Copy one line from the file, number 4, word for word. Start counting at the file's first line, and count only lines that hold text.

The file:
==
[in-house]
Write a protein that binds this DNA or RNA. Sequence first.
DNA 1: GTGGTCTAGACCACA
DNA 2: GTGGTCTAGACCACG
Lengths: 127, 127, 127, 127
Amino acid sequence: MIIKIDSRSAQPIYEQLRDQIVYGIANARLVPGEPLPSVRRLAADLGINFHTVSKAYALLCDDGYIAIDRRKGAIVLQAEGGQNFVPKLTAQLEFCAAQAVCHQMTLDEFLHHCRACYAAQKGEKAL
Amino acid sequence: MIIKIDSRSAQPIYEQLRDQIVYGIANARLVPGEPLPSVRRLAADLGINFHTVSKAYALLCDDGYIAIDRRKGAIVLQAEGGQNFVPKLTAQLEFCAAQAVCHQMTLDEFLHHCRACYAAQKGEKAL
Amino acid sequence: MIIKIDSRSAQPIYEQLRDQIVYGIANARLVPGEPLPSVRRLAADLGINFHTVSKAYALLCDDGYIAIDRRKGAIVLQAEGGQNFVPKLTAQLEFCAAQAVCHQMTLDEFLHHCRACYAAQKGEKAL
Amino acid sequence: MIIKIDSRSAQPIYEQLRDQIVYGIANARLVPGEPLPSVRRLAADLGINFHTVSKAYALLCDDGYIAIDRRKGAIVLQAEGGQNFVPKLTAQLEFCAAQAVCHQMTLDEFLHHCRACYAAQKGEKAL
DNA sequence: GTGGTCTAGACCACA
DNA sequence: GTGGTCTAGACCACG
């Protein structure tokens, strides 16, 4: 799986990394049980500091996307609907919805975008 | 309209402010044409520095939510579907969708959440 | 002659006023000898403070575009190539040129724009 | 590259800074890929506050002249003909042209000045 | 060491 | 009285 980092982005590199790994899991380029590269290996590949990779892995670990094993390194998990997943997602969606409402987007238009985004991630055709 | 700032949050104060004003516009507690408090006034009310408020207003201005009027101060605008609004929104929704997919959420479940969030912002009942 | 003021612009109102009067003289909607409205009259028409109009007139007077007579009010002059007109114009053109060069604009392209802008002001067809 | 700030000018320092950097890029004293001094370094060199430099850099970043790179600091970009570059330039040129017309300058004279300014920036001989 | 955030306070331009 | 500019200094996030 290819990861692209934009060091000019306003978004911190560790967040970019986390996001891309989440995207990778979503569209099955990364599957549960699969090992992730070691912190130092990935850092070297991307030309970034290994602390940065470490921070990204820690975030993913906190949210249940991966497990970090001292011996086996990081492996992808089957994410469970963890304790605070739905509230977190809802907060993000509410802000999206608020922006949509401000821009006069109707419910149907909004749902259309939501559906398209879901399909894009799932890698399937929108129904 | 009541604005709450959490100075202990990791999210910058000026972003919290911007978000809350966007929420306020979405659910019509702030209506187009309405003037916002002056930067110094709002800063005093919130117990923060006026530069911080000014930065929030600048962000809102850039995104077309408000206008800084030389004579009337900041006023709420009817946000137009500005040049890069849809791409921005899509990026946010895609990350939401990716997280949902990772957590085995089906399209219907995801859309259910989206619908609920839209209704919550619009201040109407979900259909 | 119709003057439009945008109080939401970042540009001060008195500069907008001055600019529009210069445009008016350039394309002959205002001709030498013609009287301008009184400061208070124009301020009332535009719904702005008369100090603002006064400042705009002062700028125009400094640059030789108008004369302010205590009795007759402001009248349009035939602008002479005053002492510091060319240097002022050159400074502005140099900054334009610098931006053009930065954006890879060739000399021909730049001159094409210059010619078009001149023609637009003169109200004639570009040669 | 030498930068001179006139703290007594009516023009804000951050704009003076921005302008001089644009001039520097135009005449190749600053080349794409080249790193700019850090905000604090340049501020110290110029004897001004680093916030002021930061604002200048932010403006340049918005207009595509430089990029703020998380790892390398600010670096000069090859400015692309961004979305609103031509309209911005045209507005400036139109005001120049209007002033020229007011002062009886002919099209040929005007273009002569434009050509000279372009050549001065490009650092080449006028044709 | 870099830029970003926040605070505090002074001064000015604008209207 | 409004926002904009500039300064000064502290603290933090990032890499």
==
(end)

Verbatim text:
DNA 2: GTGGTCTAGACCACG